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Far Cry: New Dawn Adds New Chapter to Great Game

“Far Cry 5” was one of the most underrated and best games of 2018, a title that served both as escapist entertainment and was willing to address actual violence in the heartland of America. Don’t get me wrong. I don’t think “Far Cry 5” was particularly deep when it comes to this country’s obsession with firepower and willingness to follow charismatic leaders into ruin, but it gets credit for being willing to go there at all. Most modern shooter franchises like “Destiny,” “Battlefield,” and “Call of Duty” don’t take place in 2019 for a reason. We see enough stark reminders of gun violence on the news that we don’t want it in our escapism. But “Far Cry 5” was willing to blow up the heartland, telling the story of a religious leader who amassed enough weapons to basically destroy the country. Somewhat surprisingly, “Far Cry: New Dawn” isn’t so much a sequel as a continuation of that story. And while it does remind one of the fun mechanics of the 2018 release in this series, it too often pales in comparison, feeling like an echo of greatness more than greatness itself.

The end of “Far Cry 5” was one of its most daring moves in that they blew up the world. A nuclear weapon went off, and survivors had to go underground. It’s telling how much I liked “Far Cry 5” that I kept playing after the end of the world, exploring a map and searching for collectibles on a devastated landscape that I had traveled so many times that I knew it by heart. A revised version of that map returns in “Far Cry: New Dawn,” which takes place 17 years after “the Collapse.” The survivors who went underground and the children they had there are now trying to rebuild Hope County, facing off against marauders and villains known as the Highwaymen.

And that’s about it in terms of plot. Everything that was destroyed at the end of the last game, it is now your job to rebuild. And so you roam the countryside of Hope County looking for people to join the Resistance, you free Outposts run by marauders, and you upgrade and build your base, which is named Prosperity. Characters from the last game, including Joseph Seed, return, as do almost all of the mechanics, including the Roster feature, basic gameplay, and even the map. It often plays out like a really extended DLC, an extra chapter to a game more than a brand new one. (And, perhaps recognizing this, Ubisoft has priced the game 1/3rd lower than most new titles.)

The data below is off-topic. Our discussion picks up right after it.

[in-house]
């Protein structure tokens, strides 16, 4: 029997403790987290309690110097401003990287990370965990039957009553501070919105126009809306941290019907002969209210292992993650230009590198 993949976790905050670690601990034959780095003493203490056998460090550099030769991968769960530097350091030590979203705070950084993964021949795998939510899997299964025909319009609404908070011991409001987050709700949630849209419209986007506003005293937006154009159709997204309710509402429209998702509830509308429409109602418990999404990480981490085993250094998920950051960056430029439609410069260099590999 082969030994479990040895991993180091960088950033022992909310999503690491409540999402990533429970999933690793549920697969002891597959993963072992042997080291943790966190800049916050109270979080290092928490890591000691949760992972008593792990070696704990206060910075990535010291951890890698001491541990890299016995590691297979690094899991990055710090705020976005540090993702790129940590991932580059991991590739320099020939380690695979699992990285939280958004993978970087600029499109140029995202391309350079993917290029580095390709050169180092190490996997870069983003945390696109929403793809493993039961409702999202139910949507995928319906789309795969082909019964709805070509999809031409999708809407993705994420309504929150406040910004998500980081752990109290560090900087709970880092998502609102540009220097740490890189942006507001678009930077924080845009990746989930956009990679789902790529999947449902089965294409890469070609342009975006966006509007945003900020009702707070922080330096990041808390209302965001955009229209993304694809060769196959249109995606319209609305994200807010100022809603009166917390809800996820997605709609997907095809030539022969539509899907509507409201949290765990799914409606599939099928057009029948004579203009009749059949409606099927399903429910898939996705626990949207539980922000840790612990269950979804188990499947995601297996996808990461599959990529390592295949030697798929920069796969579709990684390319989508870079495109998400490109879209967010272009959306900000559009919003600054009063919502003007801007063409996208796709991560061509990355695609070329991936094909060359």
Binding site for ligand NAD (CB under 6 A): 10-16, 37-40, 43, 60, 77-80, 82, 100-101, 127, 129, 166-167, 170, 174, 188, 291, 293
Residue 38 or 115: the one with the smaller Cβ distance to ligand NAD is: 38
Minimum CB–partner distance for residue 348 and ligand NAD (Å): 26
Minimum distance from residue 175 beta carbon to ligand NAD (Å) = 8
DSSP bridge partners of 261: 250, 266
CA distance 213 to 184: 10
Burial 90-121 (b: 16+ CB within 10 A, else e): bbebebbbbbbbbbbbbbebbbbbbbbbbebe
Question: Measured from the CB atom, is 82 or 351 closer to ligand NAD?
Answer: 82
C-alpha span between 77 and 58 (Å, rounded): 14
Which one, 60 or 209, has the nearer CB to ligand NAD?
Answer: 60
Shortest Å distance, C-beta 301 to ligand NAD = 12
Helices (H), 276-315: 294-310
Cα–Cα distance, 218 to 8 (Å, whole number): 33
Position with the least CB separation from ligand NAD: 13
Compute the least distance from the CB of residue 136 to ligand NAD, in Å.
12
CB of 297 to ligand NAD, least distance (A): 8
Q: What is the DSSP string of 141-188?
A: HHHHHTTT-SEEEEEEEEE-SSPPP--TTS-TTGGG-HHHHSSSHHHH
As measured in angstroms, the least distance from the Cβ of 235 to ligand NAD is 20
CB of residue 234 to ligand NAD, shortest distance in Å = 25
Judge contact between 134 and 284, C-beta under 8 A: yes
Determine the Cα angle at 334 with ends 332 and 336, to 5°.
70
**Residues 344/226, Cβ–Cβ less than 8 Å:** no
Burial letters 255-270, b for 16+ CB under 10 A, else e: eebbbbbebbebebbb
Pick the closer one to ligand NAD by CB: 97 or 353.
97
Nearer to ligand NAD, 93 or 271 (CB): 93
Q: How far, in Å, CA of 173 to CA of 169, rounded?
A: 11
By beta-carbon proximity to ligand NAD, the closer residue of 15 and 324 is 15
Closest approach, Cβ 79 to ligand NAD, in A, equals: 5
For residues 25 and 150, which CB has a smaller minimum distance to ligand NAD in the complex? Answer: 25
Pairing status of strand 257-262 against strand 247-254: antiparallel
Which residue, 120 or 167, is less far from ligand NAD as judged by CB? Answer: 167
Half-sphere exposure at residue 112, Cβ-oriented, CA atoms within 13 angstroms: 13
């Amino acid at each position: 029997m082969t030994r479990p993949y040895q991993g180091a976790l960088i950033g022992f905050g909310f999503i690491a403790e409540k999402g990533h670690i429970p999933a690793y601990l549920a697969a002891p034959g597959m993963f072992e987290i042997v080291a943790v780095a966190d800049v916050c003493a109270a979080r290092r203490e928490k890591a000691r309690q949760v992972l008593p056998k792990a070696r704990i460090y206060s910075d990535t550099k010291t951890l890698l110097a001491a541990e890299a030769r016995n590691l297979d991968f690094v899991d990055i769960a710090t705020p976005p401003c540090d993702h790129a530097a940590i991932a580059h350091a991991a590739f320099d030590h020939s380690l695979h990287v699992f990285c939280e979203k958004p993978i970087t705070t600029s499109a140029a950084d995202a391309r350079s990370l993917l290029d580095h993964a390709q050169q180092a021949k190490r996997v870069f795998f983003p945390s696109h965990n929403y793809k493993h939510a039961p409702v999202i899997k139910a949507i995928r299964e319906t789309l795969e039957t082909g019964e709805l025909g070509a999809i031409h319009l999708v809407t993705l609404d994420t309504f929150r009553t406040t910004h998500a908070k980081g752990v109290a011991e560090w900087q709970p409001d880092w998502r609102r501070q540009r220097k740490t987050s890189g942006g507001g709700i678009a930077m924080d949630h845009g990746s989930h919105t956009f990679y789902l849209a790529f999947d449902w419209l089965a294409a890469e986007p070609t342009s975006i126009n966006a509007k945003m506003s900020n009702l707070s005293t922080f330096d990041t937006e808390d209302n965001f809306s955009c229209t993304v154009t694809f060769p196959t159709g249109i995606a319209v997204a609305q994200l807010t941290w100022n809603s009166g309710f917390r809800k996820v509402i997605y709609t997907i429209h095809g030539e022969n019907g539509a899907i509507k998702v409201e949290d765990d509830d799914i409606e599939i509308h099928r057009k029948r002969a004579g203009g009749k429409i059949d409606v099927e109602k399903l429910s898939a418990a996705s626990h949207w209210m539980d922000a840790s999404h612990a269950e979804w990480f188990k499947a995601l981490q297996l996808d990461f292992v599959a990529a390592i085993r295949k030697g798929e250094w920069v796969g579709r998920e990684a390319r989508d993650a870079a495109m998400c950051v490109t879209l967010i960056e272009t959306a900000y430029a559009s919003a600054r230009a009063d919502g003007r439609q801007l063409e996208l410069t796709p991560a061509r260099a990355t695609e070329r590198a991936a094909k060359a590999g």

On a design level, the best thing about “New Dawn” is that it’s no mere “Fury Road”-esque, post-apocalyptic vision. Overgrowth and animals have returned to the world, they’re just surrounded by burned-out cars and your occasional animal mutation. And the world often has a graffiti, colorful look, not unlike the crazy flora in “Annihilation.” I like that they didn't go pure George Miller in their vision of the future, perhaps in part because these game have always relied on the natural world, which is angrier and crazier than ever in this iteration.

Reviewing “New Dawn” is an interesting venture because it comes down to what you want and expect from a sequel/spin-off. Personally, I’ve loved every "Far Cry" game since the third, and the gameplay has been largely the same since then, even with massive changes in the narrative from the past in “Primal” to the future here. If you approach “New Dawn” not as a sequel to the last one but as extra material related to it, there’s a lot to like. The gameplay is still dynamic, the world is detailed, and the action is addictive. However, the fact is that it doesn’t really do anything that the last game didn’t do better. When an album does incredibly well, studios will often release a collection of B-sides, outtakes, and deleted songs from the same recording session. That is perhaps the best way to look at “Far Cry: New Dawn.” If you’re a big enough fan of the band, you’ll want to hear it all. If you’re on the fence, maybe wait for the next official release.

Brian Tallerico

Brian Tallerico is the Managing Editor of, and also covers television, film, Blu-ray, and video games. He is also a writer for Vulture, The Playlist, The New York Times, and GQ, and the President of the Chicago Film Critics Association.

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